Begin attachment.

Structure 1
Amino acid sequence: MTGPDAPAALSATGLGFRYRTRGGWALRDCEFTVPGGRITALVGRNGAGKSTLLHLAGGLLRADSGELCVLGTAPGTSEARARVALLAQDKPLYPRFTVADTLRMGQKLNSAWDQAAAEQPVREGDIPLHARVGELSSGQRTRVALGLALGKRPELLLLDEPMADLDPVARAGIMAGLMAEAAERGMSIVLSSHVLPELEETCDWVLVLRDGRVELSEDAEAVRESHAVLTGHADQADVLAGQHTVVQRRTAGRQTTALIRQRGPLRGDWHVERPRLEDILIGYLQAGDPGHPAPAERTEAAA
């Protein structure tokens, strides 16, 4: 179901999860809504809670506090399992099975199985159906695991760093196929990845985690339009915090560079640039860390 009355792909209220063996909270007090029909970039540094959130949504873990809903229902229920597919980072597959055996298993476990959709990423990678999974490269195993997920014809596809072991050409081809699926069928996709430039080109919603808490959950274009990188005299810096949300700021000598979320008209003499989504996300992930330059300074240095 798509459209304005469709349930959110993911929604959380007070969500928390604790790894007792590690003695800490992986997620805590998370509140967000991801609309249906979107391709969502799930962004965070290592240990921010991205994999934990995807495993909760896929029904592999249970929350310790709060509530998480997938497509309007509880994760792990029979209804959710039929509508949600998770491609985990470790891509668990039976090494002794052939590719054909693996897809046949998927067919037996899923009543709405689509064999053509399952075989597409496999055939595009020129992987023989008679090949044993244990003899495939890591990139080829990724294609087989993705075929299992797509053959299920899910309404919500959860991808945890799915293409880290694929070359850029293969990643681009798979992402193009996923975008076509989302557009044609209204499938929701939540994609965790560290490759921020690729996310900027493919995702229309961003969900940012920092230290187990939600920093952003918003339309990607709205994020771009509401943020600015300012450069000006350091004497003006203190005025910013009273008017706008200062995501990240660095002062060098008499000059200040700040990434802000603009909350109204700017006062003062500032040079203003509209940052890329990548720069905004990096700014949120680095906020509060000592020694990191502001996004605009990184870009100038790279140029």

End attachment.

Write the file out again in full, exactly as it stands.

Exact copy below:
Structure 1
Amino acid sequence: MTGPDAPAALSATGLGFRYRTRGGWALRDCEFTVPGGRITALVGRNGAGKSTLLHLAGGLLRADSGELCVLGTAPGTSEARARVALLAQDKPLYPRFTVADTLRMGQKLNSAWDQAAAEQPVREGDIPLHARVGELSSGQRTRVALGLALGKRPELLLLDEPMADLDPVARAGIMAGLMAEAAERGMSIVLSSHVLPELEETCDWVLVLRDGRVELSEDAEAVRESHAVLTGHADQADVLAGQHTVVQRRTAGRQTTALIRQRGPLRGDWHVERPRLEDILIGYLQAGDPGHPAPAERTEAAA
């Protein structure tokens, strides 16, 4: 179901999860809504809670506090399992099975199985159906695991760093196929990845985690339009915090560079640039860390 009355792909209220063996909270007090029909970039540094959130949504873990809903229902229920597919980072597959055996298993476990959709990423990678999974490269195993997920014809596809072991050409081809699926069928996709430039080109919603808490959950274009990188005299810096949300700021000598979320008209003499989504996300992930330059300074240095 798509459209304005469709349930959110993911929604959380007070969500928390604790790894007792590690003695800490992986997620805590998370509140967000991801609309249906979107391709969502799930962004965070290592240990921010991205994999934990995807495993909760896929029904592999249970929350310790709060509530998480997938497509309007509880994760792990029979209804959710039929509508949600998770491609985990470790891509668990039976090494002794052939590719054909693996897809046949998927067919037996899923009543709405689509064999053509399952075989597409496999055939595009020129992987023989008679090949044993244990003899495939890591990139080829990724294609087989993705075929299992797509053959299920899910309404919500959860991808945890799915293409880290694929070359850029293969990643681009798979992402193009996923975008076509989302557009044609209204499938929701939540994609965790560290490759921020690729996310900027493919995702229309961003969900940012920092230290187990939600920093952003918003339309990607709205994020771009509401943020600015300012450069000006350091004497003006203190005025910013009273008017706008200062995501990240660095002062060098008499000059200040700040990434802000603009909350109204700017006062003062500032040079203003509209940052890329990548720069905004990096700014949120680095906020509060000592020694990191502001996004605009990184870009100038790279140029």